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Author Topic: Vintage Washburn Identify Please  (Read 1184 times)

Offline Oldgunhunter

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Vintage Washburn Identify Please
« on: April 12, 2018, 04:17:47 PM »
I have a vintage marked Washburn guitar with a rather different head and neck.  The inlays appear to be of Washburn style but the head is not the cut-out style. 
I've posted these on my server and here are the links to the photos.
If you can help me, thanks in advance. 
The old guitar has been worked over and needs some serious restoration again.
http://www.west-orchards.com/washburn/washburn.jpg
http://www.west-orchards.com/washburn/washburn1.jpg
http://www.west-orchards.com/washburn/washburn2.jpg
http://www.west-orchards.com/washburn/washburn3.jpg

You may need to copy and paste these into your browser.  D.W.

ship of fools

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Re: Vintage Washburn Identify Please
« Reply #1 on: April 12, 2018, 05:39:58 PM »
Howdy I myself am very unsure that it is a Washburn made guitar that label looks like nothing in any of my catalogues nor does it looks right with what looks like maybe had the whole top by the neck cut out and replaced with some other piece, I have sent a message to the one person who knows a lot more about these older models but I am sure he maybe confused by the label inside and with no center spline I am thinking someone may have made the label and stuck it in to represent Washburn.
Can you tell us what else the label says and those numbers make no sense.Looks as if someone deliberately removed a name on the head of the neck.
« Last Edit: April 12, 2018, 05:46:20 PM by ship of fools »

Offline Oldgunhunter

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Re: Vintage Washburn Identify Please
« Reply #2 on: April 14, 2018, 07:50:40 AM »
I thought also might be the case with this old guitar but the inlays are similar on the neck to some early Washburns.  The label says  George Washburn (around the outer area top and bottom)  New Scale , and the number  12182414  , it looks indicative to the guitar to me.  I'm not sure about the head and if there was a label on it or not.  It could have been a price sticker on it there too.  It was purchase at an estate tag sale.
Thanks for any help.

Offline keef

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Re: Vintage Washburn Identify Please
« Reply #3 on: April 18, 2018, 02:02:35 PM »
What it is I don't know, but that is most certainly not a Washburn or Lyon & Healy made guitar of any era, and neither a prototype for these. Possibly faked label, serial number not conforming at all to the pre WW 2 era.
 

ship of fools

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Re: Vintage Washburn Identify Please
« Reply #4 on: April 18, 2018, 03:58:55 PM »
well thats what I thought keef is the most knowledgeable person in the world when it comes to pre war Washburns he actually wrote a book on the subject so its like I thought its not a real Washburn and looking back I do remember seeing a label like that once before on a pieced together old parlor some one was trying to sell on Ebay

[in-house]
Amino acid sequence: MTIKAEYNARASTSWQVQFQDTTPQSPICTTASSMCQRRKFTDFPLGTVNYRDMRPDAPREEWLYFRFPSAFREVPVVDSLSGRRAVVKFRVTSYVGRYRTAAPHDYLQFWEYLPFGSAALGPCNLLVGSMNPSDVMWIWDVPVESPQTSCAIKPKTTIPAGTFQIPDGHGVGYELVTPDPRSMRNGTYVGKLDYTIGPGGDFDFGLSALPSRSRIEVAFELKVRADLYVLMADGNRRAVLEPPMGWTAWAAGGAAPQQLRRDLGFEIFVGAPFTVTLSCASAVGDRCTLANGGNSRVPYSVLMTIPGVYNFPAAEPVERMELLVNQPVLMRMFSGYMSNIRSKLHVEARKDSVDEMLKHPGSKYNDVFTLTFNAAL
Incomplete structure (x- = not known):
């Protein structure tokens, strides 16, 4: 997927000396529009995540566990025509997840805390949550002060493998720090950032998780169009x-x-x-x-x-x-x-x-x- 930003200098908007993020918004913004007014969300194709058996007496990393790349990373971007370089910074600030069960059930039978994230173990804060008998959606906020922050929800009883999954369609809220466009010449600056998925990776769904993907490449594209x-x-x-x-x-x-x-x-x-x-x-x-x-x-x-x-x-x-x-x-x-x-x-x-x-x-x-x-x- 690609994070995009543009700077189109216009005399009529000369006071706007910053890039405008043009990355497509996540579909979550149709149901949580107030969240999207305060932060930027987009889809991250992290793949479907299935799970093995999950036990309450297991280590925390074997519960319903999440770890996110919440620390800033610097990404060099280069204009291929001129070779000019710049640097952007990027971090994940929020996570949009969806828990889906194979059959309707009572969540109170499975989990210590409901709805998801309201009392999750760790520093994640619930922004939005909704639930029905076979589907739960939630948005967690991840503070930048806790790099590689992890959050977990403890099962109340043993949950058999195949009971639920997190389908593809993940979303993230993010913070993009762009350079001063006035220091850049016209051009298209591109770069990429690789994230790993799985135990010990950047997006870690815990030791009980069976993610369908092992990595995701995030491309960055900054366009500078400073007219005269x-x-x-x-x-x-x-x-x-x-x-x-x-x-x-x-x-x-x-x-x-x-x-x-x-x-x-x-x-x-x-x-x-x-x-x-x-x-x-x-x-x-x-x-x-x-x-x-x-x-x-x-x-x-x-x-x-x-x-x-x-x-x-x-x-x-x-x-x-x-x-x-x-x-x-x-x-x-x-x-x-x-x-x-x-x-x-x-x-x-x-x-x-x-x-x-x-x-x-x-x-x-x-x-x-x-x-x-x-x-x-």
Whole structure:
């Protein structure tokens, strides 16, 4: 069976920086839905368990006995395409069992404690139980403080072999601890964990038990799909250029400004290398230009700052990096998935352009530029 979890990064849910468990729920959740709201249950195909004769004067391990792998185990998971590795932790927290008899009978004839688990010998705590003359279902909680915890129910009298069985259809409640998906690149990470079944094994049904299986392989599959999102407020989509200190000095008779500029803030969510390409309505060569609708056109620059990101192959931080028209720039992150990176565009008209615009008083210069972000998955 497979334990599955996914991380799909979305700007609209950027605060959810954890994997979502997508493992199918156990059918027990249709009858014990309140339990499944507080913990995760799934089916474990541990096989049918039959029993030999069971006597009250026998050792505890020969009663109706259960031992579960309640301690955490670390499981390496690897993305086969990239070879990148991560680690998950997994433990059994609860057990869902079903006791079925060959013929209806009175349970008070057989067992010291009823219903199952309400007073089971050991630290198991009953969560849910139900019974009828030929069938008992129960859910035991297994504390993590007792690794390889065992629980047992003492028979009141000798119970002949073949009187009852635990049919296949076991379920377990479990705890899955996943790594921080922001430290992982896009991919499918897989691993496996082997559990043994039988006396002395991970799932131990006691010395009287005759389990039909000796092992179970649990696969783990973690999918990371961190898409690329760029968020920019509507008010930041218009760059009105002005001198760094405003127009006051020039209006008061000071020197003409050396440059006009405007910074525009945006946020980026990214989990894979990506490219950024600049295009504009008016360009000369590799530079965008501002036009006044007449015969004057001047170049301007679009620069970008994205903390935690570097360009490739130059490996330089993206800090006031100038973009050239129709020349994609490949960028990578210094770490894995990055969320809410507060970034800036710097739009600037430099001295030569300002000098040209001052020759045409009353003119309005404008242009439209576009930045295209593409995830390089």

Offline Oldgunhunter

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Re: Vintage Washburn Identify Please
« Reply #5 on: April 22, 2018, 06:48:54 AM »
Thanks so much for the input.  Not sure now what I'll do with the old wall hanger.  Maybe dismantle and sell the cool old neck on eBay.

Offline Tony Raven

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Re: Vintage Washburn Identify Please
« Reply #6 on: April 22, 2018, 12:44:06 PM »
Aside from fancy "presentation" models, very few L&H instruments have major value. At their peak, L&H cranked them out by the cartload, literally.

Being "commodity" instruments, most were used to death then parked in the basement or attic, with no maintenance at all. In my experience, good acoustic guitars eventually NEED to have their necks reset, & sometimes other work (pull up & reglue the bridge, reattach the braces, etc.).

The early "parlor-size" guitars were originally intended for gut strings; because of their short scale, they adapted moderately well to steel strings without collapsing the top or ripping the heel loose -- initially, at least.

And the adjustable trussrod hadn't been invented yet. Very few guitars had any sort of neck reinforcement at all. People who restore/upgrade larger guitars might add a trussrod & maybe rearrange the braces.

An acquaintance told me he'd paid $200 for a beat-up but playable L&H, planned on putting $500 or so into restoring it, & asked what it'd be worth. I said he'd have a pretty good $700 guitar. ??? Fixing a guitar is like building a hotrod: do it for the experience & to have a fun toy, because if you ever try to sell it you'll be lucky to recoup even the parts cost. Fixing a guitar for one's own use minimizes downside, & the value will likely remain stable for eventual trade/resale.

I wouldn't eBay the neck separately. So long as you don't misrepresent what you've got, there's probably someone who'll pay more for shipping to get a vintage"project" guitar.
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